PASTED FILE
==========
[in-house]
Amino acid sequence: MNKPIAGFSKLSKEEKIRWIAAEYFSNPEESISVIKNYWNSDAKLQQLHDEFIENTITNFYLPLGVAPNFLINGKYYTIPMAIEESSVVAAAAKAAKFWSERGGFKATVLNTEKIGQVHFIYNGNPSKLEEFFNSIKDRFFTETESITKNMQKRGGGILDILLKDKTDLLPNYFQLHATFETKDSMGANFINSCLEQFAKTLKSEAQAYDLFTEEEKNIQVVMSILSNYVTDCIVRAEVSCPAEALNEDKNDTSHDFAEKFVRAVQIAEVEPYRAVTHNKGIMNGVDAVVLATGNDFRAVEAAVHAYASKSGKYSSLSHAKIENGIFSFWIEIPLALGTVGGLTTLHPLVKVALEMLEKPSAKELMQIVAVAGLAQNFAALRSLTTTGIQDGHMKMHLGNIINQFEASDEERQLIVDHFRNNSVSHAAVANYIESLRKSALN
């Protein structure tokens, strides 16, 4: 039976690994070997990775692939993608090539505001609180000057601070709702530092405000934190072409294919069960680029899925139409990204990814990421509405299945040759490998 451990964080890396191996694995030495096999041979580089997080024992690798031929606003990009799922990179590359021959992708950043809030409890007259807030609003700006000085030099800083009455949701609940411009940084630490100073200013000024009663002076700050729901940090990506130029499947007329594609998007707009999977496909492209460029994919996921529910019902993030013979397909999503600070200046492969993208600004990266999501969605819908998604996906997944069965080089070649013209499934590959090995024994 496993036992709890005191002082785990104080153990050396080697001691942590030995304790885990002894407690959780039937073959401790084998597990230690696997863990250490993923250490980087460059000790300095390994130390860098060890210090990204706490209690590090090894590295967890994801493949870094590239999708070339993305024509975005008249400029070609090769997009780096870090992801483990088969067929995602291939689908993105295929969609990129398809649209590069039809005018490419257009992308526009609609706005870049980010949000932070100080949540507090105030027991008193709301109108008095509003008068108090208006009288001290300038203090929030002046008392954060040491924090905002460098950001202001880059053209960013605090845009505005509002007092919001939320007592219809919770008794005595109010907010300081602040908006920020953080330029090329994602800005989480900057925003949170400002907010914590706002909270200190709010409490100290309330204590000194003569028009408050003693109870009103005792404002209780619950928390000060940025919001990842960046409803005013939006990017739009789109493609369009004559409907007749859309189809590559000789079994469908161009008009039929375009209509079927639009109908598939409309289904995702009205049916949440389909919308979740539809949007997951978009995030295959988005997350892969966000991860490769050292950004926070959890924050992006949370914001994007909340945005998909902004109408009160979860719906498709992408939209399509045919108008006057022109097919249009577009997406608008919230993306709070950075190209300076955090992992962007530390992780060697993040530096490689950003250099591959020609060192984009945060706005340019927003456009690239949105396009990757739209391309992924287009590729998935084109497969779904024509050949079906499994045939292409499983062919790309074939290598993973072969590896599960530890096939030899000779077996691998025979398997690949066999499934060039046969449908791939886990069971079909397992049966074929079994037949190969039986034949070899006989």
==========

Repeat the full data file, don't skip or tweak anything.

[in-house]
Amino acid sequence: MNKPIAGFSKLSKEEKIRWIAAEYFSNPEESISVIKNYWNSDAKLQQLHDEFIENTITNFYLPLGVAPNFLINGKYYTIPMAIEESSVVAAAAKAAKFWSERGGFKATVLNTEKIGQVHFIYNGNPSKLEEFFNSIKDRFFTETESITKNMQKRGGGILDILLKDKTDLLPNYFQLHATFETKDSMGANFINSCLEQFAKTLKSEAQAYDLFTEEEKNIQVVMSILSNYVTDCIVRAEVSCPAEALNEDKNDTSHDFAEKFVRAVQIAEVEPYRAVTHNKGIMNGVDAVVLATGNDFRAVEAAVHAYASKSGKYSSLSHAKIENGIFSFWIEIPLALGTVGGLTTLHPLVKVALEMLEKPSAKELMQIVAVAGLAQNFAALRSLTTTGIQDGHMKMHLGNIINQFEASDEERQLIVDHFRNNSVSHAAVANYIESLRKSALN
């Protein structure tokens, strides 16, 4: 039976690994070997990775692939993608090539505001609180000057601070709702530092405000934190072409294919069960680029899925139409990204990814990421509405299945040759490998 451990964080890396191996694995030495096999041979580089997080024992690798031929606003990009799922990179590359021959992708950043809030409890007259807030609003700006000085030099800083009455949701609940411009940084630490100073200013000024009663002076700050729901940090990506130029499947007329594609998007707009999977496909492209460029994919996921529910019902993030013979397909999503600070200046492969993208600004990266999501969605819908998604996906997944069965080089070649013209499934590959090995024994 496993036992709890005191002082785990104080153990050396080697001691942590030995304790885990002894407690959780039937073959401790084998597990230690696997863990250490993923250490980087460059000790300095390994130390860098060890210090990204706490209690590090090894590295967890994801493949870094590239999708070339993305024509975005008249400029070609090769997009780096870090992801483990088969067929995602291939689908993105295929969609990129398809649209590069039809005018490419257009992308526009609609706005870049980010949000932070100080949540507090105030027991008193709301109108008095509003008068108090208006009288001290300038203090929030002046008392954060040491924090905002460098950001202001880059053209960013605090845009505005509002007092919001939320007592219809919770008794005595109010907010300081602040908006920020953080330029090329994602800005989480900057925003949170400002907010914590706002909270200190709010409490100290309330204590000194003569028009408050003693109870009103005792404002209780619950928390000060940025919001990842960046409803005013939006990017739009789109493609369009004559409907007749859309189809590559000789079994469908161009008009039929375009209509079927639009109908598939409309289904995702009205049916949440389909919308979740539809949007997951978009995030295959988005997350892969966000991860490769050292950004926070959890924050992006949370914001994007909340945005998909902004109408009160979860719906498709992408939209399509045919108008006057022109097919249009577009997406608008919230993306709070950075190209300076955090992992962007530390992780060697993040530096490689950003250099591959020609060192984009945060706005340019927003456009690239949105396009990757739209391309992924287009590729998935084109497969779904024509050949079906499994045939292409499983062919790309074939290598993973072969590896599960530890096939030899000779077996691998025979398997690949066999499934060039046969449908791939886990069971079909397992049966074929079994037949190969039986034949070899006989």